Bulgaria Ranks 54th for Most Expensive Office SpaceProperties | February 23, 2010, Tuesday // 16:01| views
Bulgaria is ranked in 54th position in terms of the most expensive urban office space in 2009, according to an annual survey. Photo by Forton International
The Bulgarian office market, ranked 54th in the world, has been under severe pressure during 2009, according to the latest annual survey by real estate giant Cushman & Wakefield.
The principal reasons for this are a combination of reduced commercial demand and the completion of many new projects.
This has caused rental levels to fall in the past year by over 20%. An upward trend is likely after mid-2010, according to the Cushman & Wakefield (C&W) survey.
With office tenants in the capital, Sofia, paying an average annual cost of EUR 205 per square meter, or a monthly charge of EUR 17, Bulgaria slipped from 49th to 54th in international cost rankings over the period of a year.
According to the report, "Office Space Around the World 2010", the average rent for prime office space in Sofia is EUR 13,5 per sq.m. per month, excluding VAT.
"Despite substantially lower market rents of office space in Bulgaria in 2009-2010, we are yet to see serious interest in new office projects in Sofia," said Sergei Koinov, Executive Director of Forton International, which represents C&W in Bulgaria, Serbia and Macedonia.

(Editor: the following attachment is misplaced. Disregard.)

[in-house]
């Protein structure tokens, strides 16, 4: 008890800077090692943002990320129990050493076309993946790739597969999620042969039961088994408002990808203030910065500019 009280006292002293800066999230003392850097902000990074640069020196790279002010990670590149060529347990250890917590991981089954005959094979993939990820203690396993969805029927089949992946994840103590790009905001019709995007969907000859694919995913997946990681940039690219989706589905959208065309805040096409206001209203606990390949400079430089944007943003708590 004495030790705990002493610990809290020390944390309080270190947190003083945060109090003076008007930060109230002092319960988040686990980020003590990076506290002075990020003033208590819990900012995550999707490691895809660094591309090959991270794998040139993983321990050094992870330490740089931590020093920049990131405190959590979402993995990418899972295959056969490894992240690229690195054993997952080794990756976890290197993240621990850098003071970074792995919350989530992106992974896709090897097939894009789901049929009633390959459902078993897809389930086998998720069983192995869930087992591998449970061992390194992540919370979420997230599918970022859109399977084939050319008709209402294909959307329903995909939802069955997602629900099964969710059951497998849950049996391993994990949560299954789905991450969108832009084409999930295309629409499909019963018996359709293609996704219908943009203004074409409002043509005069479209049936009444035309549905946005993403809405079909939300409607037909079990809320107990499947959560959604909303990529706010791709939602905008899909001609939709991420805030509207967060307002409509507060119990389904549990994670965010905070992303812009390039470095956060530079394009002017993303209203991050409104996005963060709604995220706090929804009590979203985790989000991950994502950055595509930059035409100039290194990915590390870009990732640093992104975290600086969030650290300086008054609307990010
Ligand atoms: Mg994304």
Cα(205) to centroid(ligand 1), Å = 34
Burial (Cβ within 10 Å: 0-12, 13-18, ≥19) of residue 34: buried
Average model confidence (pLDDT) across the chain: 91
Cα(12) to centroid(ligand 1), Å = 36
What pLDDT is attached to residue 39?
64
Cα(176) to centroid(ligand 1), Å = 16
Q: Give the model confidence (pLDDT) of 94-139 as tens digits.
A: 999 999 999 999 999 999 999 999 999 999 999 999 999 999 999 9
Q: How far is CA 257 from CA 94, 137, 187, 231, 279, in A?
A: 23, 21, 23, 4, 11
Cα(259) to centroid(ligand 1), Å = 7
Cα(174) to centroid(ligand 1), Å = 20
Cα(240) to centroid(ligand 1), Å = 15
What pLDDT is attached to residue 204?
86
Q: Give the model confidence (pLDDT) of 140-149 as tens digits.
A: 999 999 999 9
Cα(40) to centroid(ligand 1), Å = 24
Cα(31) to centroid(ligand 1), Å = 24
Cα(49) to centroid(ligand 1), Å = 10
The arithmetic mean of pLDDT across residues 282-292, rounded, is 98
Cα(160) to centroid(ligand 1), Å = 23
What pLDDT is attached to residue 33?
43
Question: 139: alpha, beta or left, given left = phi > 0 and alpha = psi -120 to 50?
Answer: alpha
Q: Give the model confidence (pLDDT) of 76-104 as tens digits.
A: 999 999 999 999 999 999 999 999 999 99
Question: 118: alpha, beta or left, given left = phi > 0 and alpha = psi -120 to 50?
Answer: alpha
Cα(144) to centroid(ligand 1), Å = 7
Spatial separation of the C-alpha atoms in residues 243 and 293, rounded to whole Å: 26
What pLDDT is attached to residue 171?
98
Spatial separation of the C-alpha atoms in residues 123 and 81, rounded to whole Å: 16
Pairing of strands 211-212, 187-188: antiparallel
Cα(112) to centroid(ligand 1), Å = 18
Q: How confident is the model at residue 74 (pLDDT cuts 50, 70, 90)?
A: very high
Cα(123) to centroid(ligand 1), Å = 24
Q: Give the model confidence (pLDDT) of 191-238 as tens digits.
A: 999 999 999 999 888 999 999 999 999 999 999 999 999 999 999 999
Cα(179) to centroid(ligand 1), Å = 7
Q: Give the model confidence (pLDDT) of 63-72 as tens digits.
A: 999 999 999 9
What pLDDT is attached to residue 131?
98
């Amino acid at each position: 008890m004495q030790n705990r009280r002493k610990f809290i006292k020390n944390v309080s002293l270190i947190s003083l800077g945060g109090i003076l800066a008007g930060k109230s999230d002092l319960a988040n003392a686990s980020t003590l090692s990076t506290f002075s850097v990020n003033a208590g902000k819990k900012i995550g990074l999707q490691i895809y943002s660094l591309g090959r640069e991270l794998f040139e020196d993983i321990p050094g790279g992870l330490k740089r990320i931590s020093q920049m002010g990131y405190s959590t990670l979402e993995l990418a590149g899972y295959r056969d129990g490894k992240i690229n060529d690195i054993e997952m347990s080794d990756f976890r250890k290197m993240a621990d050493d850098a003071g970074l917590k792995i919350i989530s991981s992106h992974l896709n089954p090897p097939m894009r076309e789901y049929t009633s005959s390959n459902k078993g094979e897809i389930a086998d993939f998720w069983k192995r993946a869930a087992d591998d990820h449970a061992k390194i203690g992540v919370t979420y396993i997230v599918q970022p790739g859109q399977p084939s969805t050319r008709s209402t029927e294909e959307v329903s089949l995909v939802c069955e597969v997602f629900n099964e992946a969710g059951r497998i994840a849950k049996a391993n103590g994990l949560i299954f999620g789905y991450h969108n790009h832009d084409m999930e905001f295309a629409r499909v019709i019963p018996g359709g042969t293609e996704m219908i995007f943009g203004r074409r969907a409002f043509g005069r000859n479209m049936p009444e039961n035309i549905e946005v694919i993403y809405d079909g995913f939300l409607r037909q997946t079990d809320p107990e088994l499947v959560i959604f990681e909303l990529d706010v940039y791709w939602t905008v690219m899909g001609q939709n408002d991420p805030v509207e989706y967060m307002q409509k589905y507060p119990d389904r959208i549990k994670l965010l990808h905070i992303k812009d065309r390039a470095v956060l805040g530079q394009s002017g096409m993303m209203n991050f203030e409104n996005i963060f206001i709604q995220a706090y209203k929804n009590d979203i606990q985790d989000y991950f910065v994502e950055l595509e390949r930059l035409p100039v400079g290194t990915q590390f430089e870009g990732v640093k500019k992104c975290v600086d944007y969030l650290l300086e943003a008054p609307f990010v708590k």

"We predict that with the improvement in the economic situation of the country, which is expected in the second half of 2010, and completion of part of the new projects, to realize a significant volume of transactions of the office market, which will position the active companies in long-term economic conditions," he added.
The most expensive cities in terms of office space are Tokyo, London and Hong Kong.
Regionally, Serbia, which is ahead of Bulgaria by one position in 53rd place, slipped from 47th position in 2008; Croatia fell two places - from 48th to 50th. Greece moved up the rankings by two places, to 18th place compared to last year's 20th.
There was a worldwide decline in the trend that determined the office markets in 2009, according to the consulting company's data.
Globally, the fall was about 10% - the first mass decline recorded since 2003. The trend has affected every market in the world to varying degrees.
According to Cushman & Wakefield, rent levels in 2009 had the lowest decline in North America -8%, while South America registered only 5%. For Europe, the fall was about 11%, mainly due to the strong decrease in Central and Eastern Europe.
Sergei Koinov remained cautiously optimistic about future trends, predicting they would again become positive.
"Rental levels are expected to reach their lowest point in the middle of 2010, and then we will witness the stability, and in places even growth. The current year will not go without risks and challenges, but it is still expected that 2010 will be a period of recovery and optimism for owners and tenants," he concluded.
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